Saturday, July 28, 2018

COOKOUT TIME: SANDPIT SALMON

     Cookouts on the waterfront---whether by sea, lake, pool---have several great social benefits. One, they're a lot of fun. Two, slow-cooked meals are always good. Three, they take a long time to cook, giving you and the cute bathing-beauty nearby ample 'quality time ahead of dinner.



      Back east, there are clambakes, fish broils, and other fun events. Out on the Blue Pacific, there are luaus in Hawaii. So what do we on the continental coast have to offer? 

       SALMON!

       Salmon is the seafood of the West Coast---especially in our Northern regions. Due to the migratory nature of this particular fish, it's not uncommon to obtain one wild-caught. For this particular recipe, red salmon is better used than pink. The difference between the two is merely that pink salmon is leaner. In slow-cooking salmon, fat helps prevent drying out.

       The fish should be about a 6-8 pounder. Needless to say, it should be cleaned; also split. Some prefer to leave the head and tail on; it makes stuffing easier. But in any case, the skin should be left on. 

       Start by digging a pit about a foot to 18 inches or so deep and slightly longer than the fish. Ignite some charcoal briquettes in a fairly large pile and let it burn for an hour. 

        Some people recommend using hard coal instead of charcoal; but this is a bad idea. Some European restaurants use hard coal; but here hard coal is harder to obtain. Worse still, American coals give off Sulpher Dioxide, a respiratory irritant. Adding water produces Sulphuric Acid. Though it may sound counter-intuitive, charcoal burns much hotter and the vapors are non-toxic.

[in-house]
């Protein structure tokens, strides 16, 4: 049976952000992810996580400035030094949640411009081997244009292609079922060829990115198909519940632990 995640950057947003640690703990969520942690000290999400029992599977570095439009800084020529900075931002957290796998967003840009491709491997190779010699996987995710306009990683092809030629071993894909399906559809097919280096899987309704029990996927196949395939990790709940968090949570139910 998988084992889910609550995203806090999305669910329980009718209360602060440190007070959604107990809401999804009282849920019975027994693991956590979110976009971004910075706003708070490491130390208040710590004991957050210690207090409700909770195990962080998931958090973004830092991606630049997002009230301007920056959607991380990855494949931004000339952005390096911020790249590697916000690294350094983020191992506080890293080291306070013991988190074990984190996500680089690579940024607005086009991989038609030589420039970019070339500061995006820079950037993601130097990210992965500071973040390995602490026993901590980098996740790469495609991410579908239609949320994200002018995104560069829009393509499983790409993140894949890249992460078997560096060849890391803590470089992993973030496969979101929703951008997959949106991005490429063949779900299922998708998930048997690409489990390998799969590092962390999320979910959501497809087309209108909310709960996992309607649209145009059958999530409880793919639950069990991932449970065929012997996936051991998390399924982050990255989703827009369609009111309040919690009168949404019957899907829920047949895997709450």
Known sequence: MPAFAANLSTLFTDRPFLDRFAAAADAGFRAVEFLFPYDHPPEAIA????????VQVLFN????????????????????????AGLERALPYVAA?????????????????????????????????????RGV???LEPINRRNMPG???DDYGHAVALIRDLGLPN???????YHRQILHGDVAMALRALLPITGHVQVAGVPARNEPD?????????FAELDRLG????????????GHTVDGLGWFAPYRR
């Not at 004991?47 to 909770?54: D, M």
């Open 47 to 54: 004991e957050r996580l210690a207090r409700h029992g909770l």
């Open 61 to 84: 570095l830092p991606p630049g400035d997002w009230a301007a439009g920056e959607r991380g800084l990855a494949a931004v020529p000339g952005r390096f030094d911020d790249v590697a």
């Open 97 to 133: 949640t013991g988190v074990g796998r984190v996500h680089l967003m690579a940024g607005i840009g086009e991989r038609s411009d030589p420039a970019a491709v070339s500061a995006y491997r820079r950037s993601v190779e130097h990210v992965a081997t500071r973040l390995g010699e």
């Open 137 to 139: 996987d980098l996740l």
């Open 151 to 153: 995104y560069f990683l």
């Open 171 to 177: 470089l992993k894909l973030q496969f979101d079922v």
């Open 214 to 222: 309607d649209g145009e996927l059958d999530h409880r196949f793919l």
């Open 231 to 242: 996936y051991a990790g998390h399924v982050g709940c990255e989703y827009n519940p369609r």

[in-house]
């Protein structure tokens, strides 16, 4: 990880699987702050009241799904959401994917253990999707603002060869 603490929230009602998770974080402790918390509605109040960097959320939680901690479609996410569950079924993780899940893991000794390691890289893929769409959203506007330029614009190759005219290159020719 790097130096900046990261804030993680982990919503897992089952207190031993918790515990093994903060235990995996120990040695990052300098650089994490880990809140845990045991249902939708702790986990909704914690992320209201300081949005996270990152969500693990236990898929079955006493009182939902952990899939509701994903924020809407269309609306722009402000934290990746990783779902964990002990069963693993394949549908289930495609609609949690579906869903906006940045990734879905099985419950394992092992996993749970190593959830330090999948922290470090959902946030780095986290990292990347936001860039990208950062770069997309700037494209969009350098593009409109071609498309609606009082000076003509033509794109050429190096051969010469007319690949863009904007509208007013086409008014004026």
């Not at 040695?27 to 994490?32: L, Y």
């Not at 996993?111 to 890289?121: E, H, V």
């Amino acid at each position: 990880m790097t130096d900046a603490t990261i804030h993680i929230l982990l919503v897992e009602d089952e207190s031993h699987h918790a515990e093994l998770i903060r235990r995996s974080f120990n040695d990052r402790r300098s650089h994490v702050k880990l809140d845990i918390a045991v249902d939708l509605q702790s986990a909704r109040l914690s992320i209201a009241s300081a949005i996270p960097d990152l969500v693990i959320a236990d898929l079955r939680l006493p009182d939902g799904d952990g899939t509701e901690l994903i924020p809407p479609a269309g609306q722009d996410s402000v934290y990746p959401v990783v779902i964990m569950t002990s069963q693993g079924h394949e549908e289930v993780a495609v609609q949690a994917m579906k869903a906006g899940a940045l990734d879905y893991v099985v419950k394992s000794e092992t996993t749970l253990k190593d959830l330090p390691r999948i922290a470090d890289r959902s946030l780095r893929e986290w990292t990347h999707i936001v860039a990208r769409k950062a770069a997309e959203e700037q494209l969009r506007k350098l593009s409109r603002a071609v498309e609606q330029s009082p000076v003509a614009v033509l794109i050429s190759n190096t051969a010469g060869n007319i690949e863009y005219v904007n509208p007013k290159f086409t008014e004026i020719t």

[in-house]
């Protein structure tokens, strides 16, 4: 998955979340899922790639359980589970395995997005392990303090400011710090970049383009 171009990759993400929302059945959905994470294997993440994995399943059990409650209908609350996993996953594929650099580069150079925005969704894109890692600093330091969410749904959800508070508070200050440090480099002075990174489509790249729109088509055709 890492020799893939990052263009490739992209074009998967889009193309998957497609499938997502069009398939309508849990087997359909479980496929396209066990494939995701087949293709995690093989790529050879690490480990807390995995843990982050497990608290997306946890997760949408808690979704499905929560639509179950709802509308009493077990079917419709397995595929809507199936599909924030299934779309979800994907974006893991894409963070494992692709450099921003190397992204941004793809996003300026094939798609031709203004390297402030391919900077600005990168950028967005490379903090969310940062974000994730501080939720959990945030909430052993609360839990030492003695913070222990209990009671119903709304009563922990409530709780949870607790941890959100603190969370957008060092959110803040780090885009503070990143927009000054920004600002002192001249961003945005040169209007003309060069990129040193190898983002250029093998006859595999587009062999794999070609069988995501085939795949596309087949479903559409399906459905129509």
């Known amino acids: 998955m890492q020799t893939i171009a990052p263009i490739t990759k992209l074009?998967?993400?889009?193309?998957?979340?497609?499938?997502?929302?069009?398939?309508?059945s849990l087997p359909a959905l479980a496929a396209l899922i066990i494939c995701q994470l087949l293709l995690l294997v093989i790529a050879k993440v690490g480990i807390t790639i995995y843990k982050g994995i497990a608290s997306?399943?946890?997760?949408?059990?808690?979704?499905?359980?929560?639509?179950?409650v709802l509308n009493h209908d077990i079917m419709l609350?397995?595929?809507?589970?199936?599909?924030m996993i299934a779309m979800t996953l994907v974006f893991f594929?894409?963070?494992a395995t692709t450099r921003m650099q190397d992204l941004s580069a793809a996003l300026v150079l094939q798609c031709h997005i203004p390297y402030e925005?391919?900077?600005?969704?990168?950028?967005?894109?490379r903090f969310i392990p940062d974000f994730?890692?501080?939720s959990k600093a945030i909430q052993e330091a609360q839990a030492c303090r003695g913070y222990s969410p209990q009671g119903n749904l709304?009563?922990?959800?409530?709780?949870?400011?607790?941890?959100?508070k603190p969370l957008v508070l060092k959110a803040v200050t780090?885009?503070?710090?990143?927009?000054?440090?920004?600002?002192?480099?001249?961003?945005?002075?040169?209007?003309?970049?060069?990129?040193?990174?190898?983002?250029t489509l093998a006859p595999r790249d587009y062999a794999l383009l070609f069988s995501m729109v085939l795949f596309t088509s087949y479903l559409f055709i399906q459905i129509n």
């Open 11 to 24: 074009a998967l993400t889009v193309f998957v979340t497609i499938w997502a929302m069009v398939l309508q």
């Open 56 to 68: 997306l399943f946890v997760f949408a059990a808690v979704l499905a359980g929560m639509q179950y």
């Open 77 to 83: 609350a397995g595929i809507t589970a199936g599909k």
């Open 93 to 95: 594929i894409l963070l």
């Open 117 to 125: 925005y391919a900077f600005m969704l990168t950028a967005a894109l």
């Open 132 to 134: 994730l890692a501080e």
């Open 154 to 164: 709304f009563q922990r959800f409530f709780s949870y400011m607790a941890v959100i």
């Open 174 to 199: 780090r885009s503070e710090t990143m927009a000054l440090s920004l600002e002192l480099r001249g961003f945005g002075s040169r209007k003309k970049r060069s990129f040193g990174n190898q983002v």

Stuff the fish, by first lining the interior with salt. Cut two lemons and a medium onion into slices. Then pack the salmon with alternating layers of each. Wrap it tightly in Reynolds' Wrap. Spread out the coals (they are ready when ash-colored)lay the fish on top and cover with remaining coals. The salmon should be done in about 30-45 minutes. Don't overcook, though or the fish will be dry.

      You can eat the stuffing; and I like a side of mashed potatoes or buttered cornbread with this dish.   

     Assuming there are any leftovers, break up the meat and mix it with a 2:3 ratio of mayonnaise and cottage cheese; salt and pepper to taste and serve on toast. Salmon Salad is hard to beat in sandwiches. 

      And it's even better when cooked out by the beach. 

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